Mr. Gorbachev, Tear Down Half This Wall
As all principled Democrats are pounding their uncompromising collective fist on the GOP's big tent, demanding that conservatives compromise their principles, and even Colin Powell has joined their unanimous opinion about the glaring lack of diverse opinions among Republicans, conservatives are clearly left with no other choice than to move their big tent down from the moral high ground to where the progressive majority is, so it can be better monitored by the media and have easy access for morally disabled persons with diverse opinions.
Everyone knows that this country was built by great moderates who made history by compromising their ideals and principles. So let us take a moment and look back at great compromises throughout history. This is now the correct narrative. Please update your past.
The great compromiser Ronald Reagan was always careful not to offend people. In June 1987 he famously issued the following moderate, inoffensive statement: "Mr. Gorbachev, tear down half this wall." This made everyone happy and didn't drive moderates out of the party, which could have happened if he were to make a more categorical demand. Fearing he would alienate centrists, Reagan also changed the original characterization of the USSR as "the evil empire" to a more moderate "misunderstood commonwealth," for which he was forever extolled by the White House press corps.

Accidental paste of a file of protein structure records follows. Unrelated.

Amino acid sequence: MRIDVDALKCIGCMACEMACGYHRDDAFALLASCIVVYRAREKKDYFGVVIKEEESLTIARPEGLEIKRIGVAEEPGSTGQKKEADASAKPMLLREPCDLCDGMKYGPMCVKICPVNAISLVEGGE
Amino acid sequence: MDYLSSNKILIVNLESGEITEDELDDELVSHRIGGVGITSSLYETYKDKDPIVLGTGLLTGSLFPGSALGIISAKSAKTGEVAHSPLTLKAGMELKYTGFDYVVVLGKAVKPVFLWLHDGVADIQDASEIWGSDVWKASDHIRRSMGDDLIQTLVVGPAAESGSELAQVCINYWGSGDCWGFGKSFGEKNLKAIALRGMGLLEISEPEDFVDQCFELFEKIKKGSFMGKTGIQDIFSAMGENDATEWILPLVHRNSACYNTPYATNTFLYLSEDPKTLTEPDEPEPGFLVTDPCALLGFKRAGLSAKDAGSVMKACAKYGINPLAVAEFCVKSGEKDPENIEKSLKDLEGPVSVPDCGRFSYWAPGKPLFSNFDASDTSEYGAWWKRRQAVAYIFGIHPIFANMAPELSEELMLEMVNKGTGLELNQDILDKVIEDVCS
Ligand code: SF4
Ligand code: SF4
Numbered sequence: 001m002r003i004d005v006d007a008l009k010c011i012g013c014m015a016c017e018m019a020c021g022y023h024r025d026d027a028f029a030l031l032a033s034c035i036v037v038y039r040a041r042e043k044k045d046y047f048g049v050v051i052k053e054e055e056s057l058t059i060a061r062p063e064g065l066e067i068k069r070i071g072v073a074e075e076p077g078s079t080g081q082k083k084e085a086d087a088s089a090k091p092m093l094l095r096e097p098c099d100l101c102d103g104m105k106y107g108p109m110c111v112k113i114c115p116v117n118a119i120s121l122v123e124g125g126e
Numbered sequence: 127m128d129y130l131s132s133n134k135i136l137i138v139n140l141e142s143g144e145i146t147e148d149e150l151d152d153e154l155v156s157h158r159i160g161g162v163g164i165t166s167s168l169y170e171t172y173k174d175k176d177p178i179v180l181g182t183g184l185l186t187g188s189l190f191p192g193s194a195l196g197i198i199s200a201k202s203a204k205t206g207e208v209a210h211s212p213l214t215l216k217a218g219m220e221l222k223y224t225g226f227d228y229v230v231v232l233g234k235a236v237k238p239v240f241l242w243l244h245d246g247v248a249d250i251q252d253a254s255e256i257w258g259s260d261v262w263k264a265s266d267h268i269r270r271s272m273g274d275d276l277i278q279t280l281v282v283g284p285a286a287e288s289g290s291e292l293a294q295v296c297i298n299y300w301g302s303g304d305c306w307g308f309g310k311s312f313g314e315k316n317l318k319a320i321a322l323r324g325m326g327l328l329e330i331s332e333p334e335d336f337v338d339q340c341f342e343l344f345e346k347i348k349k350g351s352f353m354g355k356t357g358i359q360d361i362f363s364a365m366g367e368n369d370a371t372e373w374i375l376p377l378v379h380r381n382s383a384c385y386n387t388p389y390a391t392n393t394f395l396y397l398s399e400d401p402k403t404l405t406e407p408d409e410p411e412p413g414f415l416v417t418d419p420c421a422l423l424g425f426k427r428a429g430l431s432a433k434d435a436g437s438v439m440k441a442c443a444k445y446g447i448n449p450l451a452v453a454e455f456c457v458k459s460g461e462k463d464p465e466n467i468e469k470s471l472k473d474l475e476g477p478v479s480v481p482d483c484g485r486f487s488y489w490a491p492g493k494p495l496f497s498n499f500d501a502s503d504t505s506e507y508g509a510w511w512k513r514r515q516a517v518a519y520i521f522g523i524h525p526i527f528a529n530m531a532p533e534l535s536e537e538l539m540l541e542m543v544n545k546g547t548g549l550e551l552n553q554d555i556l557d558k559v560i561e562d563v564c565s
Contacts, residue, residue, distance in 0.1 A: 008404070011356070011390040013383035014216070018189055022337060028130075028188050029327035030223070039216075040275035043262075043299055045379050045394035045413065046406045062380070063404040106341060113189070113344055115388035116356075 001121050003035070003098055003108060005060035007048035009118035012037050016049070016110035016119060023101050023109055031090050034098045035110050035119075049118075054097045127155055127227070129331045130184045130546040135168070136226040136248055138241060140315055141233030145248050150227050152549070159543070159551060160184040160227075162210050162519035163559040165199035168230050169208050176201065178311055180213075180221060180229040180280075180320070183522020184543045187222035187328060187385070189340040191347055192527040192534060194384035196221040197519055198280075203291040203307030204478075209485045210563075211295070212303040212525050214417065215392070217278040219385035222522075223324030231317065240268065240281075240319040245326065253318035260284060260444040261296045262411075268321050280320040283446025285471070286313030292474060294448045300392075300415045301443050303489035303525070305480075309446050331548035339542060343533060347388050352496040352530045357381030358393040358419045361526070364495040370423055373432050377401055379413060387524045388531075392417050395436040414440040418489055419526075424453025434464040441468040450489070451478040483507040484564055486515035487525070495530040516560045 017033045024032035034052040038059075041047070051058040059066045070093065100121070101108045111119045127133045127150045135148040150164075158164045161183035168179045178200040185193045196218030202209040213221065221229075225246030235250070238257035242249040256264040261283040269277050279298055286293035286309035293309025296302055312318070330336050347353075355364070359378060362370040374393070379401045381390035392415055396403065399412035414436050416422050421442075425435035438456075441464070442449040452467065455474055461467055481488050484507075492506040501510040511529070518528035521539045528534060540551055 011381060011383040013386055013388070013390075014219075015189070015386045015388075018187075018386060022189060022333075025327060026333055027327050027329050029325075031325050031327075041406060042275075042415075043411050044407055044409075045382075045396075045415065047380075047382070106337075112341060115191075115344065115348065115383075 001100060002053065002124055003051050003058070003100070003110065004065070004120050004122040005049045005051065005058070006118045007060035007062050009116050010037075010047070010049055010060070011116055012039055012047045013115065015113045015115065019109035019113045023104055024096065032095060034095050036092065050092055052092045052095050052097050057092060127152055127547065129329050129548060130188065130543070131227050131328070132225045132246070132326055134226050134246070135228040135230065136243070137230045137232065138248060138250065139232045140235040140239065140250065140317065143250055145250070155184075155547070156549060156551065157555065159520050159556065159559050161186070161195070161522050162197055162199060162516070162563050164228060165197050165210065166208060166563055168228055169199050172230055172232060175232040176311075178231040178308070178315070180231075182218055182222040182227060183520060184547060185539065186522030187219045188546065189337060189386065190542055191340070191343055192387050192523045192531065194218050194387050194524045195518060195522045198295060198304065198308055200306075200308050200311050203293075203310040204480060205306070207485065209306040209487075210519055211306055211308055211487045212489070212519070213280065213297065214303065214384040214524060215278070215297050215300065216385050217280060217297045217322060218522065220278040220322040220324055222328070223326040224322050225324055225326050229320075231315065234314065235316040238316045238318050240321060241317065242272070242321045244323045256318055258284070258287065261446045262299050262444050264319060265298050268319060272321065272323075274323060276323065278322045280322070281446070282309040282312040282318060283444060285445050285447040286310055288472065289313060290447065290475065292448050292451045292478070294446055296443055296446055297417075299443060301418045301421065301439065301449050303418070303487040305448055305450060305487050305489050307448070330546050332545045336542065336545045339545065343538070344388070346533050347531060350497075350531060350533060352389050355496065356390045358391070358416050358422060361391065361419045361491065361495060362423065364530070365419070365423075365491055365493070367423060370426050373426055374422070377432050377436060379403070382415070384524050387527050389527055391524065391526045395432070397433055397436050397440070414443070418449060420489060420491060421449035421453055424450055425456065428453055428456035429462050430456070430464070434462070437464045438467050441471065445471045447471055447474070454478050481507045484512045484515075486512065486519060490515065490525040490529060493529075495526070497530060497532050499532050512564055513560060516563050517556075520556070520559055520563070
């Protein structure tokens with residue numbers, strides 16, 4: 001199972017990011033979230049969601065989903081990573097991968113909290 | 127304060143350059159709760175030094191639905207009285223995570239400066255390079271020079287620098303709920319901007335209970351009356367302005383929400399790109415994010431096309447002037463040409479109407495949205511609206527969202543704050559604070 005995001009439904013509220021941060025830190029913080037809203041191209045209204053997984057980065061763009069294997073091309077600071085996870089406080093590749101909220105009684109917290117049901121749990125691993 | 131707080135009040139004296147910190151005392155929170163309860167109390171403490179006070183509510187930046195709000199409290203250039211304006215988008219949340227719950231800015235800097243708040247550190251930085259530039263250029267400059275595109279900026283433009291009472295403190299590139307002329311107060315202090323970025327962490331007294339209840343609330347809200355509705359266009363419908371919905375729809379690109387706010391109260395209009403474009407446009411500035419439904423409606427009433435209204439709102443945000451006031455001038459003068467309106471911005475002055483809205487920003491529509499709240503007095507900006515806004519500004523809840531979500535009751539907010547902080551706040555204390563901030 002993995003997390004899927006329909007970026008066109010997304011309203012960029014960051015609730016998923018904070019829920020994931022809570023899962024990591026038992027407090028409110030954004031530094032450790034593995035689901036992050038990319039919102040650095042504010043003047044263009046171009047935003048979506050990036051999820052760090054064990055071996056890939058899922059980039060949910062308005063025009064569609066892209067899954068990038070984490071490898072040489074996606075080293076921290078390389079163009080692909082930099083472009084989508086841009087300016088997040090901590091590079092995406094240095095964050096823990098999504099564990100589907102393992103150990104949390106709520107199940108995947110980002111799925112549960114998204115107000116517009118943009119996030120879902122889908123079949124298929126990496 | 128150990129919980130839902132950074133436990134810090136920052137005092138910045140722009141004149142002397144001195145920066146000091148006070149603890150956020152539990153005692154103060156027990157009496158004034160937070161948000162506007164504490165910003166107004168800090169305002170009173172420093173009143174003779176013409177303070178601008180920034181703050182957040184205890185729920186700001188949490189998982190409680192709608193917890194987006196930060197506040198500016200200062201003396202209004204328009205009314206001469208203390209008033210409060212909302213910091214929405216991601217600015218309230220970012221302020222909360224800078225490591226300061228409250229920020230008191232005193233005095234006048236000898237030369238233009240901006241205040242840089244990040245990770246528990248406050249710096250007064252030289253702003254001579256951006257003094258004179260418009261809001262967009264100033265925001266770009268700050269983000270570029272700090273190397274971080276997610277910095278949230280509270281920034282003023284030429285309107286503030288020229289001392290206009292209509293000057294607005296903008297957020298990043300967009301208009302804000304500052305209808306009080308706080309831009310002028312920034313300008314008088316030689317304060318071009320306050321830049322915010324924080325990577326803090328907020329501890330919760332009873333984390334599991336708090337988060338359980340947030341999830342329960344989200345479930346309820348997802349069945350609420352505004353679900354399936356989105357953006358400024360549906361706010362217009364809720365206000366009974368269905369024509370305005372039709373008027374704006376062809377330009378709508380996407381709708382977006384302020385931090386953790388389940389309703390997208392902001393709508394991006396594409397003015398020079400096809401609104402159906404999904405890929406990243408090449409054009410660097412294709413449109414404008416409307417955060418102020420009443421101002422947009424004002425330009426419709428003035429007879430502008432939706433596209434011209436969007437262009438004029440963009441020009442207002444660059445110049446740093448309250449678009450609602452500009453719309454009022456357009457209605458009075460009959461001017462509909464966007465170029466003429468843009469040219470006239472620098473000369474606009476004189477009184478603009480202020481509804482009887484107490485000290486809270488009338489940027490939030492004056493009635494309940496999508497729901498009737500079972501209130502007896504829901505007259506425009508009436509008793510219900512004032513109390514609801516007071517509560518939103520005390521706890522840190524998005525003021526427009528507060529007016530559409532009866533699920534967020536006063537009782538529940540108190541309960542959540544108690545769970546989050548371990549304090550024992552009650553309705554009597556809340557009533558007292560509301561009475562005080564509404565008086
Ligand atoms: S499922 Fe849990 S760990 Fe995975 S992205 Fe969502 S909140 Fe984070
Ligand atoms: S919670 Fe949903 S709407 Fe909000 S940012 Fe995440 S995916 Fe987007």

In 1862, another Republican president, Abraham Lincoln, was also working hard to reach a middle ground between pro-slavery and anti-slavery factions in his party. Aware of the need to get along and compromise on sensitive issues, Lincoln issued the Emancipation Proclamation, in which he gave slaves freedom from 9 a.m. to 5 p.m. on weekdays, after which time they needed to return to their masters.
In 1773, a group of about 200 agitated Bostoners, some wearing Native American costumes and whooping war chants, marched two by two to the wharf, descended upon three ships, and dumped half of the crates with tea into the harbor. The rest of the crates they took home, forming a long line at the customs house to pay the proper tax set by the British crown. Most colonists applauded their compromise and it didn't antagonize London enough to pass the Intolerable Acts, which might potentially close the Port of Boston.